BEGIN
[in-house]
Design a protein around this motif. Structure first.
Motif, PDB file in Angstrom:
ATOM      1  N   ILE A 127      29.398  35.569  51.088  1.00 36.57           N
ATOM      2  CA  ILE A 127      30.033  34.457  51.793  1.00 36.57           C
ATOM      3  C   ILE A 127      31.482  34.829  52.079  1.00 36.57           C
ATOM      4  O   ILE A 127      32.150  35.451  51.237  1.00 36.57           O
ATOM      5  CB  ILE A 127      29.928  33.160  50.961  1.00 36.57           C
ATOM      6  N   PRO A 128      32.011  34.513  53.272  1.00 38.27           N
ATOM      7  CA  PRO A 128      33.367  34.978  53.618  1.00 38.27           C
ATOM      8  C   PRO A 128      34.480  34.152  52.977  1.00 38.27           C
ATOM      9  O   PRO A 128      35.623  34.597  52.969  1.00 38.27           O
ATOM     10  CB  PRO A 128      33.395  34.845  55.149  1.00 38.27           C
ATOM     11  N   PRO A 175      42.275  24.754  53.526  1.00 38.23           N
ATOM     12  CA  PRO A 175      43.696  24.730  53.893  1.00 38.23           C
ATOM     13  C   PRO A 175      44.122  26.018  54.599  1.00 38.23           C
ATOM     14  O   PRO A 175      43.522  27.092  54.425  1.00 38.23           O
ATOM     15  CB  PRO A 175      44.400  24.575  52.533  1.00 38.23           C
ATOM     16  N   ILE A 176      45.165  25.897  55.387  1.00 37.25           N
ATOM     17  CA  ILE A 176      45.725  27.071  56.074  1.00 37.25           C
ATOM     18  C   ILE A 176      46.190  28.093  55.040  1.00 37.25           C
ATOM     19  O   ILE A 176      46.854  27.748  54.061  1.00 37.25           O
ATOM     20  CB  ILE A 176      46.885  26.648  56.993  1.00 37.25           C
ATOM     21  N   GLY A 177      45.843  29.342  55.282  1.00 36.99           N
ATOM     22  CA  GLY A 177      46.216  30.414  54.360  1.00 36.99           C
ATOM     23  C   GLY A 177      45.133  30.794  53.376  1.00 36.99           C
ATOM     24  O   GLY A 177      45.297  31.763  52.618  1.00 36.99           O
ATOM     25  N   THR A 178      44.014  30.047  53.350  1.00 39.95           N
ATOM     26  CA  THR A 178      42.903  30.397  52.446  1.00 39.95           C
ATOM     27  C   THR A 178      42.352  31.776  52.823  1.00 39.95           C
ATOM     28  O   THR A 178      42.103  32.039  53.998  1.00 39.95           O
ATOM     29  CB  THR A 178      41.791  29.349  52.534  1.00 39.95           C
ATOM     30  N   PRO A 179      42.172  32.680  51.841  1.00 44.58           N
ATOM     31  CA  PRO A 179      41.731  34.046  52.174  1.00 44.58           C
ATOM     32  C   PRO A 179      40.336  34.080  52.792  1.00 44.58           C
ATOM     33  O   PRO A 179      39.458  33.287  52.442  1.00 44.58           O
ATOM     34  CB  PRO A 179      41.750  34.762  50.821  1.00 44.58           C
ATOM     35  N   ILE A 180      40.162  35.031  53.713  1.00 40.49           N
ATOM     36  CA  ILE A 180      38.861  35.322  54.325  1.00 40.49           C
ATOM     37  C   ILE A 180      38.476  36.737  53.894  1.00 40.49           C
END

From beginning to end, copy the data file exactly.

[in-house]
Design a protein around this motif. Structure first.
Motif, PDB file in Angstrom:
ATOM      1  N   ILE A 127      29.398  35.569  51.088  1.00 36.57           N
ATOM      2  CA  ILE A 127      30.033  34.457  51.793  1.00 36.57           C
ATOM      3  C   ILE A 127      31.482  34.829  52.079  1.00 36.57           C
ATOM      4  O   ILE A 127      32.150  35.451  51.237  1.00 36.57           O
ATOM      5  CB  ILE A 127      29.928  33.160  50.961  1.00 36.57           C
ATOM      6  N   PRO A 128      32.011  34.513  53.272  1.00 38.27           N
ATOM      7  CA  PRO A 128      33.367  34.978  53.618  1.00 38.27           C
ATOM      8  C   PRO A 128      34.480  34.152  52.977  1.00 38.27           C
ATOM      9  O   PRO A 128      35.623  34.597  52.969  1.00 38.27           O
ATOM     10  CB  PRO A 128      33.395  34.845  55.149  1.00 38.27           C
ATOM     11  N   PRO A 175      42.275  24.754  53.526  1.00 38.23           N
ATOM     12  CA  PRO A 175      43.696  24.730  53.893  1.00 38.23           C
ATOM     13  C   PRO A 175      44.122  26.018  54.599  1.00 38.23           C
ATOM     14  O   PRO A 175      43.522  27.092  54.425  1.00 38.23           O
ATOM     15  CB  PRO A 175      44.400  24.575  52.533  1.00 38.23           C
ATOM     16  N   ILE A 176      45.165  25.897  55.387  1.00 37.25           N
ATOM     17  CA  ILE A 176      45.725  27.071  56.074  1.00 37.25           C
ATOM     18  C   ILE A 176      46.190  28.093  55.040  1.00 37.25           C
ATOM     19  O   ILE A 176      46.854  27.748  54.061  1.00 37.25           O
ATOM     20  CB  ILE A 176      46.885  26.648  56.993  1.00 37.25           C
ATOM     21  N   GLY A 177      45.843  29.342  55.282  1.00 36.99           N
ATOM     22  CA  GLY A 177      46.216  30.414  54.360  1.00 36.99           C
ATOM     23  C   GLY A 177      45.133  30.794  53.376  1.00 36.99           C
ATOM     24  O   GLY A 177      45.297  31.763  52.618  1.00 36.99           O
ATOM     25  N   THR A 178      44.014  30.047  53.350  1.00 39.95           N
ATOM     26  CA  THR A 178      42.903  30.397  52.446  1.00 39.95           C
ATOM     27  C   THR A 178      42.352  31.776  52.823  1.00 39.95           C
ATOM     28  O   THR A 178      42.103  32.039  53.998  1.00 39.95           O
ATOM     29  CB  THR A 178      41.791  29.349  52.534  1.00 39.95           C
ATOM     30  N   PRO A 179      42.172  32.680  51.841  1.00 44.58           N
ATOM     31  CA  PRO A 179      41.731  34.046  52.174  1.00 44.58           C
ATOM     32  C   PRO A 179      40.336  34.080  52.792  1.00 44.58           C
ATOM     33  O   PRO A 179      39.458  33.287  52.442  1.00 44.58           O
ATOM     34  CB  PRO A 179      41.750  34.762  50.821  1.00 44.58           C
ATOM     35  N   ILE A 180      40.162  35.031  53.713  1.00 40.49           N
ATOM     36  CA  ILE A 180      38.861  35.322  54.325  1.00 40.49           C
ATOM     37  C   ILE A 180      38.476  36.737  53.894  1.00 40.49           C